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The joint toxicity effect of five antibiotics and dibutyl phthalate to luminescent bacteria (Vibrio fischeri)
- Wei, Sheng, Wang, Fenghe, Chen, Yajun, Lan, Tao, Zhang, Shengtian
- Environmental science and pollution research international 2018 v.25 no.26 pp. 26504-26511
- Vibrio fischeri, aquatic ecosystems, bacteria, chlortetracycline, dibutyl phthalate, luminescence, median effective concentration, models, oxytetracycline, pollutants, risk, sulfadiazine, sulfamerazine, synergism, toxicity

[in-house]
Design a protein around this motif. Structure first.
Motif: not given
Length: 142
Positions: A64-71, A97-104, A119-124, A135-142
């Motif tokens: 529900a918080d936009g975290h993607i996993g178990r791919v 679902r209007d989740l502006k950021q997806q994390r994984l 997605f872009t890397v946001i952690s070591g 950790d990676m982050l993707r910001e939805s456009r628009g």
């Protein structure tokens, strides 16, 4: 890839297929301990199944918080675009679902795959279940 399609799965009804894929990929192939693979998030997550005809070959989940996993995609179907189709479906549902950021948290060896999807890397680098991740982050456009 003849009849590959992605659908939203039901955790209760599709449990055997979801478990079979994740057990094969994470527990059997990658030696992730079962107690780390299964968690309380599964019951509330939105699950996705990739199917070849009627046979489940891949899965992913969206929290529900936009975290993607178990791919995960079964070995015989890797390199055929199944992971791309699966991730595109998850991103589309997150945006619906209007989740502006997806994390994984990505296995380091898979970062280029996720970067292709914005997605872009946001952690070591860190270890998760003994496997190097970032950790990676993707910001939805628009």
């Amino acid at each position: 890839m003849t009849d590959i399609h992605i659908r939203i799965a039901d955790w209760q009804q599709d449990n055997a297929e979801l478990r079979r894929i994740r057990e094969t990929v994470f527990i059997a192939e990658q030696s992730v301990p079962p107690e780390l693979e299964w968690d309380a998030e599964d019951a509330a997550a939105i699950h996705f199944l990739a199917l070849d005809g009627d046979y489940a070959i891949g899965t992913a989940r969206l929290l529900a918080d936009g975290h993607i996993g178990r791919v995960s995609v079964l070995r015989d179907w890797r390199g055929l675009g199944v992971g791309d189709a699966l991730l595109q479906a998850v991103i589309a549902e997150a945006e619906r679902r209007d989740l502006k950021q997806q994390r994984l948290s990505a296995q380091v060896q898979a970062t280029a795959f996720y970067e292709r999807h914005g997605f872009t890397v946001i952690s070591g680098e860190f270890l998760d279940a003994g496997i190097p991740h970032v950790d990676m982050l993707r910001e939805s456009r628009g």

- Antibiotics and phthalate esters are two kinds of emerging pollutants and are ubiquitous in the aquatic ecosystem. To date, few studies analyzed the combined toxicity of the mixtures of antibiotics and phthalate esters, and their joint toxicity effect mode remains unknown. Here, we investigated the single and joint toxicity of dibutyl phthalate (DBP) and five antibiotics, namely, oxytetracycline hydrochloride (OTC), chlortetracycline hydrochloride (CTC), sulfamethazine (SMZ), sulfamerazine (SMR), and sulfadiazine (SD), to luminescent bacteria of Vibrio fischeri. The median effect concentration (EC₅₀) values of the test chemicals were ranked as CTC (6.67 mg/L) > OTC (25.12 mg/L) > SD (67.61 mg/L) > SMR (141.51 mg/L) > DBP (148.38 mg/L) > SMZ (245.07 mg/L). The joint toxicities of the binary mixtures of antibiotics and DBP were evaluated by the concentration addition (CA) and independent action (IA) models. The joint toxicity effects of CTC-DBP, OTC-DBP, SMZ-DBP, SMR-DBP, and SD-DBP all appeared to be synergism. Our study revealed that sulfonamides combined with DBP could be as toxic as or even more toxic than tetracycline. Thus, the joint toxicity effect should be considered when assessing the ecological risks of binary or multicomponent pollutants.